Another prevention technique includes the use of vitamins and making sure client’s nutritional needs are met (Badr, Mallah, Nassar 2014, p. 2). According to Badr, Mallah, and Nassar (2014) if these nutritional needs are met they will help to prevent and support the wound healing if a pressure ulcer occurs. Other techniques include using support surfaces where clients will be spending their time. Support surfaces such as foam mattresses have helped to demonstrate an improved performance in preventing pressure ulcers (Elliot, 2015, p. 2). According to Elliot (2015) another type of mattress that helps to prevent pressure sores include mechanical support surface in which air is pumped throughout the mattress via alternating pressure. Special sheets and overlays have also been designed that help to redistribute the pressure put throughout your body (Badr, Mallah, Nassar 2014, p. 2).
The last prevention technique that helps to contribute to prevention of skin breakdown is taking care of the skin. According to Badr, Mallah, and Nassar (2014) excessive moisture or excessive dryness of the skin can exacerbate skin breakdown which makes the client more susceptible to a pressure ulcer. Although some studies promote the use of barrier creams to prevent skin breakdowns the evidence to support this claim is weak (Badr, Mallah, Nassar 2014, p. 2). Other studies on different products have been taken to find the best products to prevent skin breakdown. According to Badr, Mallah, and Nassar (2014) many studies have concluded that the use of dressing such as hydocellular, hydrocolloid, or silicone foam dressings may help to reduce the incidence of pressure ulcers as a result of immobile ICU patients, and medical devices.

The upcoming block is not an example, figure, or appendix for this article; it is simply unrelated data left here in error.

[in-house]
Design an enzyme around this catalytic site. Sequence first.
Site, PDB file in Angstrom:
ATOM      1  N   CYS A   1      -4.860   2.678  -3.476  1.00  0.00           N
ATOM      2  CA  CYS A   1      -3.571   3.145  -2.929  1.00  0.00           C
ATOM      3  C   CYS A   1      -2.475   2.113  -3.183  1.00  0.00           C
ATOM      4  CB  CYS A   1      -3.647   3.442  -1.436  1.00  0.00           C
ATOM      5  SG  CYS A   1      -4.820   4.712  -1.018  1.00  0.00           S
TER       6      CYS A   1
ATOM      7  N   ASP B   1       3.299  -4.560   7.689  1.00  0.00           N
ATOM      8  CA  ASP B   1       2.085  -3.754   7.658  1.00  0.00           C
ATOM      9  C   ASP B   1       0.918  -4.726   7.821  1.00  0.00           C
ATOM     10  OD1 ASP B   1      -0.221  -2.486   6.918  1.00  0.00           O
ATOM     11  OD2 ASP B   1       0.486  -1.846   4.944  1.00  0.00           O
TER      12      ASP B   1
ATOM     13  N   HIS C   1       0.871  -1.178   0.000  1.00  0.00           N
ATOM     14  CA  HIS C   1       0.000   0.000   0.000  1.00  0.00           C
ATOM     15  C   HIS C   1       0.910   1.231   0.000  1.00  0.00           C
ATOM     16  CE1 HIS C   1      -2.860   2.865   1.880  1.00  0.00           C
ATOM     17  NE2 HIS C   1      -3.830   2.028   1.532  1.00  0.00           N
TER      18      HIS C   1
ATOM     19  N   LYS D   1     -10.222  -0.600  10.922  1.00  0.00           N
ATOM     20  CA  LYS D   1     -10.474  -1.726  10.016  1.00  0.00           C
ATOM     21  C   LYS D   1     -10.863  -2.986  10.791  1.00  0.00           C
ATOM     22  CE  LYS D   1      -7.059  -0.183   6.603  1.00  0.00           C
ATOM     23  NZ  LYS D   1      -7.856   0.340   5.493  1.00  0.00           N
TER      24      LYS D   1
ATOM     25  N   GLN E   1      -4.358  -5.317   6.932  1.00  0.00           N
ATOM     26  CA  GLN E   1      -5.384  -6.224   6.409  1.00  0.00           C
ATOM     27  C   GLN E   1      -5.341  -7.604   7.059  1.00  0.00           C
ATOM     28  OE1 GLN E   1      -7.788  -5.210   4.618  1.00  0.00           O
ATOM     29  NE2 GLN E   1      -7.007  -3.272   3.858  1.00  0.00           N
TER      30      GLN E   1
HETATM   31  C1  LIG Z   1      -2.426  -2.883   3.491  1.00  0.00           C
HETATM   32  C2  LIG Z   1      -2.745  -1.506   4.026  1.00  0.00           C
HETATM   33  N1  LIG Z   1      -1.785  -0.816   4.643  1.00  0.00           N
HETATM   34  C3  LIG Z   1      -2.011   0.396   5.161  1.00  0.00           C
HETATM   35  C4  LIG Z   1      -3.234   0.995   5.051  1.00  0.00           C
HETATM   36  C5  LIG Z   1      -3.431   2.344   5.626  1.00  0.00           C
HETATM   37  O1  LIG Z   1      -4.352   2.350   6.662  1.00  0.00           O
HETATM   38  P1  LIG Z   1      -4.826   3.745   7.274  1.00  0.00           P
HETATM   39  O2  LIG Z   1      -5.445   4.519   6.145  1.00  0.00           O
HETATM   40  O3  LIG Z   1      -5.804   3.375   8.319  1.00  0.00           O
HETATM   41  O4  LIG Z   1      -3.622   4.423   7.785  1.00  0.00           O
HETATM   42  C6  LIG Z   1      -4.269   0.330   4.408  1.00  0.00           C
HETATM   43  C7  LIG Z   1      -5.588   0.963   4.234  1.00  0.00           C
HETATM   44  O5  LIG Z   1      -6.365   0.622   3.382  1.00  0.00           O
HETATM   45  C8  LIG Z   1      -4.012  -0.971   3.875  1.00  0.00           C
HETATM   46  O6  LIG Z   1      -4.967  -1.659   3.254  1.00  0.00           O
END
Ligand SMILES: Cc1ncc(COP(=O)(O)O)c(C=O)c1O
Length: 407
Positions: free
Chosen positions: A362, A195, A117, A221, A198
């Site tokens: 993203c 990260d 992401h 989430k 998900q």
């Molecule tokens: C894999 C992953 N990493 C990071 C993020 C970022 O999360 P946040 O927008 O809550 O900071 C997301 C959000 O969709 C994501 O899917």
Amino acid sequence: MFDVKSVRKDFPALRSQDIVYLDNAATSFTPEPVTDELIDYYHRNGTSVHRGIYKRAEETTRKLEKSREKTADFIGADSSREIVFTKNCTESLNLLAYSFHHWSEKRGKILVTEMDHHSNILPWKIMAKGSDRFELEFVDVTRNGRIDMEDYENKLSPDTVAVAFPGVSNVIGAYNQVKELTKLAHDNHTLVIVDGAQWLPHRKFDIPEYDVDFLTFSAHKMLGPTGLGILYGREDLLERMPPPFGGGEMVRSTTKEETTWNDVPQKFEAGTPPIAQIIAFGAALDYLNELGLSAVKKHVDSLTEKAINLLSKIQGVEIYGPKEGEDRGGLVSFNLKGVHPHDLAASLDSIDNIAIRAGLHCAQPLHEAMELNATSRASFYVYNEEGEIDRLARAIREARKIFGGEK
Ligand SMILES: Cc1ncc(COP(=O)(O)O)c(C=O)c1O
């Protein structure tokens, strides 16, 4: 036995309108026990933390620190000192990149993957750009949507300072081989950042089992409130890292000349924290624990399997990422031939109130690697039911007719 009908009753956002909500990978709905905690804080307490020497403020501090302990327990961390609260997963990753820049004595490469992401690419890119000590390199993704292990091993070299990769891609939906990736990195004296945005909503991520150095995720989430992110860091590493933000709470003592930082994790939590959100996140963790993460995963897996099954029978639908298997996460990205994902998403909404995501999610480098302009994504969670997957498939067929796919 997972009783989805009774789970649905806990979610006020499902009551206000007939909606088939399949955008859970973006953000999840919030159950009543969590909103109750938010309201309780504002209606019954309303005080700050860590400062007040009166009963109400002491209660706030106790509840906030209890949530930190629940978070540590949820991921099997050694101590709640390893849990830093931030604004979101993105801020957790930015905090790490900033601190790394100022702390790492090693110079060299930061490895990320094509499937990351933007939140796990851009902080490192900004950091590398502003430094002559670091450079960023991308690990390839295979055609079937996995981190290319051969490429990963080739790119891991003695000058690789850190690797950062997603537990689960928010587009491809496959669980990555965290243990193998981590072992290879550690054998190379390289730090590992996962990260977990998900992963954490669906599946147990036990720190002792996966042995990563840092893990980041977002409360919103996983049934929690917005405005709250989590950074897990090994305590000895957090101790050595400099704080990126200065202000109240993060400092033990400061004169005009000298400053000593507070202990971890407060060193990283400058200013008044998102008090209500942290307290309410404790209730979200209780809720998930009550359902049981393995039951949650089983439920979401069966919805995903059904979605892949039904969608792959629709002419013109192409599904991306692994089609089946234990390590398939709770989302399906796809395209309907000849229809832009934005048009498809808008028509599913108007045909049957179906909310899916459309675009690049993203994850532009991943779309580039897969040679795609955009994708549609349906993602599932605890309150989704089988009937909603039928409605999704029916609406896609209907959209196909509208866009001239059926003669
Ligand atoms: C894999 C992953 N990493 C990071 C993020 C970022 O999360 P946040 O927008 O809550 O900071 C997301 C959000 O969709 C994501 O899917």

These prevention techniques above are used in the many different healthcare settings to prevent the formation of pressure ulcers. These standard nursing practices used such as patient repositioning, vitamin and nutritional support, use of support systems, and skin care promotion can be used on many different types of client’s. These aren’t specific to any certain age group, gender, race, and others. If healthcare systems continue to practice these prevention techniques, the amount of healthcare associated pressure ulcers will drop and will lead to lower healthcare costs, and increased client satisfaction, safety, and health.[AdsenseImage]
Badr, L., Mallah, Z., Nassar, N. (2015). The Effectiveness of a Pressure Ulcer Intervention Program on the Prevalence of Hospital Acquired Pressure Ulcers: Controlled Before and After Study. Applied Nursing Research, 1-9
Elliott, J. (2015). Strategies to improve the prevention of pressure ulcers. Nursing Older People, 1-7
Potter, P., & Perry, A. (2013). Skin Integrity and Wound Care. In Fundamentals of Nursing (Eighth ed., p. 1177). Elsevier.